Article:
All hardware/labor is covered for 5 years, parts for 12, and solar production to 85% of day one production for 25. The panels and controllers are plug/play and my neighbor/project manager says we could swap one ourselves in about 10 minutes. So basically very little chance of major costs over the 25 years. My average electric bill is about $115 when you account for my higher bills in summer because of AC or $1380/yr. New bill will be $17, the meter minimum with National Grid or $204/yr. $1176/yr savings. Even assuming ZERO inflation on electric rates I break even at 6.1 years and at the end of 25 years, again assuming 0% rate inflation I’m still up over $22k. Electric rates WILL NOT be 0% inflation and the Solar Liberty estimate puts my break even just over 5 years with a 25 year RIO of almost $50k. If some hippies get voted in and start passing a bunch of carbon tax nonsense the returns will look even better.
So you guys own your systems or are they leases?
It is too bad that NRG left such a bad taste in my mouth about solar. The payback was a joke. I will not waste my money on any investment that gives me less than 10% return.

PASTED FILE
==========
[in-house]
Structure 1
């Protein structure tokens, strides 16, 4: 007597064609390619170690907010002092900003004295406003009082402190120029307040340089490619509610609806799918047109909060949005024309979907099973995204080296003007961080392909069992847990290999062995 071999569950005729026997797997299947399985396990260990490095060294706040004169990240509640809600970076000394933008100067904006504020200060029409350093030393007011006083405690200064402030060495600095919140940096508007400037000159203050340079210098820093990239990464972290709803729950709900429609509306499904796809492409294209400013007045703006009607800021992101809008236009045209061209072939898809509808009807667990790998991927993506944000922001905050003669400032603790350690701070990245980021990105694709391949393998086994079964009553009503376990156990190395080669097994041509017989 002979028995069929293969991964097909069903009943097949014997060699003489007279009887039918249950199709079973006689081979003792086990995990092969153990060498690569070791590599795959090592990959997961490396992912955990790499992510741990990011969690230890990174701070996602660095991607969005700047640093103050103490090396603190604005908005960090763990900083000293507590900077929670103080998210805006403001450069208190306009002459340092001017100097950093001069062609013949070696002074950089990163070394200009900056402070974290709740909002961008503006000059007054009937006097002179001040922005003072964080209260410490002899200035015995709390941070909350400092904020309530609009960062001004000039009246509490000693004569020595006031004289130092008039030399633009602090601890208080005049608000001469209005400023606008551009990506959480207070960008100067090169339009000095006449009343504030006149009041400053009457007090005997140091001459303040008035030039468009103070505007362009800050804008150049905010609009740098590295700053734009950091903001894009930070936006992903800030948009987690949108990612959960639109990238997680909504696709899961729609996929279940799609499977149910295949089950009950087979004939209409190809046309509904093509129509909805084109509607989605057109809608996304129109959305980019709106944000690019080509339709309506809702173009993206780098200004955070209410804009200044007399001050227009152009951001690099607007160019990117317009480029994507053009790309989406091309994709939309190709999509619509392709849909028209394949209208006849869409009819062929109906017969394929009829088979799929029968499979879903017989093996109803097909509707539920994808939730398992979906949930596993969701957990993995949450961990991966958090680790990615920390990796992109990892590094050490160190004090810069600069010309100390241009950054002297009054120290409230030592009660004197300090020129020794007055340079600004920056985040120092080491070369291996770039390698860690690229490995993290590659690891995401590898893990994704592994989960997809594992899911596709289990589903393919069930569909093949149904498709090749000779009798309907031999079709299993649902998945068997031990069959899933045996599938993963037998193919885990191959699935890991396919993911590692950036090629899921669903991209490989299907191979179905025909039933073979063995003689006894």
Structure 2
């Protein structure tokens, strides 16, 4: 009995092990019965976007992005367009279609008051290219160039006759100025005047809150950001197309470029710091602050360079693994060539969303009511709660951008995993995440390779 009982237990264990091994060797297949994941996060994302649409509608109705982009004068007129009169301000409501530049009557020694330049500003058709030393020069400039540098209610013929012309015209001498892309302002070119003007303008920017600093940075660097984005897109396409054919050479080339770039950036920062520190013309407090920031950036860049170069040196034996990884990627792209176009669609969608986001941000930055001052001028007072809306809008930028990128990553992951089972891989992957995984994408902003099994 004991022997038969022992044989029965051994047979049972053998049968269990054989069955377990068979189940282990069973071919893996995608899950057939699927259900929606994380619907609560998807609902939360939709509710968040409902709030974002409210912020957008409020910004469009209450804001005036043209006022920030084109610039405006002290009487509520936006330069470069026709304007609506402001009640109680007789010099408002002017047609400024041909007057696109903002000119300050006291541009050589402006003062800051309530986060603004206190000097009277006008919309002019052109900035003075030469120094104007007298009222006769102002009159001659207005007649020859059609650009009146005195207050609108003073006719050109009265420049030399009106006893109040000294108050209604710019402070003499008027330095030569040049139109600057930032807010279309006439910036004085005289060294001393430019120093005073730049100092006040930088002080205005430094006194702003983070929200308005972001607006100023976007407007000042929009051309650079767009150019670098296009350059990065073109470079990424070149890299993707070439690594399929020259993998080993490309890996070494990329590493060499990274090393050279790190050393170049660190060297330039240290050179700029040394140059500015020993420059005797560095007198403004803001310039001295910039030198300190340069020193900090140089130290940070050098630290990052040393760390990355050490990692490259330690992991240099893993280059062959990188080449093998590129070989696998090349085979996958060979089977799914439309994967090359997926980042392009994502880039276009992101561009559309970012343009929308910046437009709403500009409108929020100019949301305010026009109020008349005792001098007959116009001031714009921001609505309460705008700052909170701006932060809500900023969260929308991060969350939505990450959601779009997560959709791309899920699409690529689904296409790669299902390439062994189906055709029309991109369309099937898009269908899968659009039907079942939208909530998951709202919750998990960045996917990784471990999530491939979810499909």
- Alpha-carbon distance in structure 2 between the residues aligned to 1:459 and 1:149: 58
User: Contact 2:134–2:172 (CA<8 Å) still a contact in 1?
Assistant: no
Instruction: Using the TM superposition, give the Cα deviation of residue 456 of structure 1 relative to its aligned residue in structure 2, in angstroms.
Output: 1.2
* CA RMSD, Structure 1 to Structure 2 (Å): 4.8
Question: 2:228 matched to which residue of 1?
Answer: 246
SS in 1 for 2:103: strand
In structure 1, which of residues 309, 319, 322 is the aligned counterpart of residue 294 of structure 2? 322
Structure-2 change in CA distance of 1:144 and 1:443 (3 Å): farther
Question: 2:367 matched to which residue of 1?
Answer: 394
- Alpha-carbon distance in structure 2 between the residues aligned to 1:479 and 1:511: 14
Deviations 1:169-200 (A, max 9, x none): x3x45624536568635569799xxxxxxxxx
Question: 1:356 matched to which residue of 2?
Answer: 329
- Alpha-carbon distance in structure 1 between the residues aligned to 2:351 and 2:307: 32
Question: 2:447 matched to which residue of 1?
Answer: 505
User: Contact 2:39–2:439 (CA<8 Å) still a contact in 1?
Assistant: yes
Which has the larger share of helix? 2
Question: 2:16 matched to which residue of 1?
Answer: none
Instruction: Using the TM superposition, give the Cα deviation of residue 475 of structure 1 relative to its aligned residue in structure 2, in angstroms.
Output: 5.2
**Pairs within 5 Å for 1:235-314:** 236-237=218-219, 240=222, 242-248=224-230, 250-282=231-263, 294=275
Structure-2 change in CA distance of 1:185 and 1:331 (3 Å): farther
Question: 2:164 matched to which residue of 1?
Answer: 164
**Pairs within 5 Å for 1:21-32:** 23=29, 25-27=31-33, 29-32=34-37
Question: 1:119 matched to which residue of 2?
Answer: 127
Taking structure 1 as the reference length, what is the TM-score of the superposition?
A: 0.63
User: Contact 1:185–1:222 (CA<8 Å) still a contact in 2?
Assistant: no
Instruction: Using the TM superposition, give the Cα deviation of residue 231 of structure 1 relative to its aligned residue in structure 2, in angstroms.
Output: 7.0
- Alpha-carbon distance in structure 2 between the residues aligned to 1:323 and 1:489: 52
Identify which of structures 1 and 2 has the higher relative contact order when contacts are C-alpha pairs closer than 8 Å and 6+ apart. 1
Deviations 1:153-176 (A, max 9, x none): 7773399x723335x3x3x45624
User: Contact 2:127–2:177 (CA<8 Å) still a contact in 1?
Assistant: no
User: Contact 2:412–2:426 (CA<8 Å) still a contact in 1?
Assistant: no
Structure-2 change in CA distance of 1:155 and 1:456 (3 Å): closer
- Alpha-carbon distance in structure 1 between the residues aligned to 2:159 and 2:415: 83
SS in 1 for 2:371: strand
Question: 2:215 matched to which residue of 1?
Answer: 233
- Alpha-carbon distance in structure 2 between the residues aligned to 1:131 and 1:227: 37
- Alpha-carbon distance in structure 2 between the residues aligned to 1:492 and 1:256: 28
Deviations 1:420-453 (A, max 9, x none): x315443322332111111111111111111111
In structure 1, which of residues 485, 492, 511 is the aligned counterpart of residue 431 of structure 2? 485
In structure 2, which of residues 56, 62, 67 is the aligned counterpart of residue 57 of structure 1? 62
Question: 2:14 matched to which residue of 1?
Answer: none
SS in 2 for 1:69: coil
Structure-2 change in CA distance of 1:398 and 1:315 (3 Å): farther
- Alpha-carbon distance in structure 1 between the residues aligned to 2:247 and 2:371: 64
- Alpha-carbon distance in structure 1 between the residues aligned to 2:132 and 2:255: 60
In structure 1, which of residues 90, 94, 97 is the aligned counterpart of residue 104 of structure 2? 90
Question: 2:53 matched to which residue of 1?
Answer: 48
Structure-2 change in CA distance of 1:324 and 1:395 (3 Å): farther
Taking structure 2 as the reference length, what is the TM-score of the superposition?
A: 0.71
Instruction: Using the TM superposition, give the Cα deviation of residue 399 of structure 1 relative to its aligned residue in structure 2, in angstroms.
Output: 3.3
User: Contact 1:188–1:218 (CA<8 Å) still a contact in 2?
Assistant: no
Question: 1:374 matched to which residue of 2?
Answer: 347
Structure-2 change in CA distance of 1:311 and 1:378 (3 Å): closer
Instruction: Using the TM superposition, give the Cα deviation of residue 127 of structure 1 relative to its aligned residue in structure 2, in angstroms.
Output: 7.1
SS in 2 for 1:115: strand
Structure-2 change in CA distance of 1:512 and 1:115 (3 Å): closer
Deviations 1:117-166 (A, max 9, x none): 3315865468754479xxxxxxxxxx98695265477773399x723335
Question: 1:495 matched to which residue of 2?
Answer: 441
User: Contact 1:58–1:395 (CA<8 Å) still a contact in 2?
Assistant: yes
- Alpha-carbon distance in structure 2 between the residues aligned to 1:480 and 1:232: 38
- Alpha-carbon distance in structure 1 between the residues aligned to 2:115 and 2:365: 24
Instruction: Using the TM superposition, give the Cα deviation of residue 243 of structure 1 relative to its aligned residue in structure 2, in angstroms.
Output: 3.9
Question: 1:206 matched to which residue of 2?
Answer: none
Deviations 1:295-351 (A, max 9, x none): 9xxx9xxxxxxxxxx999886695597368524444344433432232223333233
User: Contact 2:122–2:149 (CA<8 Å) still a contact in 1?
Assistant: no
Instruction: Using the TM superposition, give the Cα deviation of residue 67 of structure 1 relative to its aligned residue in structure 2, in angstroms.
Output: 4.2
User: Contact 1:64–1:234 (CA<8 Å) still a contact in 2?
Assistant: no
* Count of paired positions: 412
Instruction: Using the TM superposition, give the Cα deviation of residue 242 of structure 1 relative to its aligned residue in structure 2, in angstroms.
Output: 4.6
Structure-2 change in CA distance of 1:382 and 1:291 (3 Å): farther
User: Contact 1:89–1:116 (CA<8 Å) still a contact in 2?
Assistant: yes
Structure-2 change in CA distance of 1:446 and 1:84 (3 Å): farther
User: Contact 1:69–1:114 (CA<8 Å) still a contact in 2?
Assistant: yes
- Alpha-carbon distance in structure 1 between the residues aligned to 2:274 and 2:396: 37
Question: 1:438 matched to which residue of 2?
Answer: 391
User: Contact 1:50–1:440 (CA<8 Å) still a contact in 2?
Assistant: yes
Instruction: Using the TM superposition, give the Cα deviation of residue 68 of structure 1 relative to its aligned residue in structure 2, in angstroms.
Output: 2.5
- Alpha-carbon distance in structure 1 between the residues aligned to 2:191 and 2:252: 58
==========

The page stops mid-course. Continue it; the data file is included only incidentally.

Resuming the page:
the solar on my house has produced 8.35MWh on a 4.6K system on my garage roof. It is massively oversize for my house but at least no matter what I do in my house my bill is always the same. If I had a way to secure a line of credit I would have continued installing solar because I enjoyed doing it. The labor is the easiest part. I just didn’t have a investor to front the money for jobs. I also used the solar as a excuse to replace my roof which also applies as part of the tax incentives which is something a lot of people don’t know. I will be adding more onto my house because I need a new roof on my house next. I will also be converting my hot water to electric, and adding a electric heater in my garage to help use the surplus of electric.
I have 16 HIS-S280RG, and I am using Enphase M250 inverters. They have been in service since First Report Date: 01/12/2016 06:34 AM PST I have had no issues to date.
my setup is overproducing its estimated production by quite a bit. Which is fine by me because i think the panel was under rated which works out with the estimated annual degradation.
Sadly, roofs DO NOT count towards the tax credit. Normal asphalt shingle replacement isn’t a part of it.
Roof replacement could potentially be sold to you by the solar installation company, if the solar installer themselves replace the portion of roof during the project and you’re billed together, to essentially hide the roof cost in the solar panel cost. (eg. Instead of $2.75/W installed, the IRS would see $7.50/W, because they rolled your roof in).